Context: I do not oscillate in Emerson's rainbow, but prefer rather to hang myself in mine own halter than swing in any other man's swing. Yet I think Emerson is more than a brilliant fellow. Be his stuff begged, borrowed, or stolen, or of his own domestic manufacture he is an uncommon man. Swear he is a humbug — then is he no common humbug. Lay it down that had not Sir Thomas Browne lived, Emerson would not have mystified — I will answer, that had not Old Zack's father begot him, old Zack would never have been the hero of Palo Alto. The truth is that we are all sons, grandsons, or nephews or great-nephews of those who go before us. No one is his own sire. — I was very agreeably disappointed in Mr Emerson. I had heard of him as full of transcendentalisms, myths & oracular gibberish; I had only glanced at a book of his once in Putnam's store — that was all I knew of him, till I heard him lecture. — To my surprise, I found him quite intelligible, tho' to say truth, they told me that that night he was unusually plain. — Now, there is a something about every man elevated above mediocrity, which is, for the most part, instinctuly perceptible. This I see in Mr Emerson. And, frankly, for the sake of the argument, let us call him a fool; — then had I rather be a fool than a wise man. —I love all men who dive. Any fish can swim near the surface, but it takes a great whale to go down stairs five miles or more; & if he don't attain the bottom, why, all the lead in Galena can't fashion the plumet that will. I'm not talking of Mr Emerson now — but of the whole corps of thought-divers, that have been diving & coming up again with bloodshot eyes since the world began. I could readily see in Emerson, notwithstanding his merit, a gaping flaw. It was, the insinuation, that had he lived in those days when the world was made, he might have offered some valuable suggestions. These men are all cracked right across the brow. And never will the pullers-down be able to cope with the builders-up. And this pulling down is easy enough — a keg of powder blew up Block's Monument — but the man who applied the match, could not, alone, build such a pile to save his soul from the shark-maw of the Devil. But enough of this Plato who talks thro' his nose. Letter to Evert Augustus Duyckinck (3 March 1849); published in The Letters of Herman Melville (1960) edited by Merrell R. Davis and William H. Gilman, p. 78; a portion of this is sometimes modernized in two ways:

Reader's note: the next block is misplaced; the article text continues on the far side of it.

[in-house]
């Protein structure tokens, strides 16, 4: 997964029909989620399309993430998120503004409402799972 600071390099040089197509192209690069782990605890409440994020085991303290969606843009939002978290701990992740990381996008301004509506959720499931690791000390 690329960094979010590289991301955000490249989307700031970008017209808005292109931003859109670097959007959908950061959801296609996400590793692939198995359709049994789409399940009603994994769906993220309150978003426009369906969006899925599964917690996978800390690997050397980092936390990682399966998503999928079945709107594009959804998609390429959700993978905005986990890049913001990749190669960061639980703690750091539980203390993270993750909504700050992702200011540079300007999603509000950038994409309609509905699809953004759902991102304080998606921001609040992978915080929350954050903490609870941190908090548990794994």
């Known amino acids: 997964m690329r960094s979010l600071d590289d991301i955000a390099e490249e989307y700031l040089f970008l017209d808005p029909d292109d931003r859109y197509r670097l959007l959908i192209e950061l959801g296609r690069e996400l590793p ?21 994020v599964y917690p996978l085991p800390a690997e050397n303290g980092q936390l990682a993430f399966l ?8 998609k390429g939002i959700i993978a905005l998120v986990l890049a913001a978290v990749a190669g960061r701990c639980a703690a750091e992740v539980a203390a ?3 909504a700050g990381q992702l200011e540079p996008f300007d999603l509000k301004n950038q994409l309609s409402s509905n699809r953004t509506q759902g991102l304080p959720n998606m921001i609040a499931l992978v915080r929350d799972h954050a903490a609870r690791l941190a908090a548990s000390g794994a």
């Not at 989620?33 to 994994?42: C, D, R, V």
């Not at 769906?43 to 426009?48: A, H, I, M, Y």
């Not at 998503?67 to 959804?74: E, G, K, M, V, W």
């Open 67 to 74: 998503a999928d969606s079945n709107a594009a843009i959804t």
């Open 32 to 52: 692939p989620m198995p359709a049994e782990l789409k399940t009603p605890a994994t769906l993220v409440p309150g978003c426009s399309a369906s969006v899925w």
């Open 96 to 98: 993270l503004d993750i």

„These are the last resources of an insulted and unendurable existence.“

— Herman Melville
Context: Nature has not implanted any power in man that was not meant to be exercised at times, though too often our powers have been abused. The privilege, inborn and inalienable, that every man has of dying himself, and inflicting death upon another, was not given to us without a purpose. These are the last resources of an insulted and unendurable existence. Ch. 67

„It is a strange feeling — no hopelessness is in it, no despair. Content — that is it; and irresponsibility; but without licentious inclination. I speak now of my profoundest sense of being, not of an incidental feeling.“

— Herman Melville
Context: In me divine magnanimities are spontaneous and instantaneous — catch them while you can. The world goes round, and the other side comes up. So now I can't write what I felt. But I felt pantheistic then—your heart beat in my ribs and mine in yours, and both in God's. A sense of unspeakable security is in me this moment, on account of your having understood the book. I have written a wicked book, and feel spotless as the lamb. Ineffable socialities are in me. I would sit down and dine with you and all the Gods in old Rome's Pantheon. It is a strange feeling — no hopelessness is in it, no despair. Content — that is it; and irresponsibility; but without licentious inclination. I speak now of my profoundest sense of being, not of an incidental feeling. Letter to Nathaniel Hawthorne (July 1851); published in Memories of Hawthorne (1897) by Rose Hawthorne Lathrop, p. 157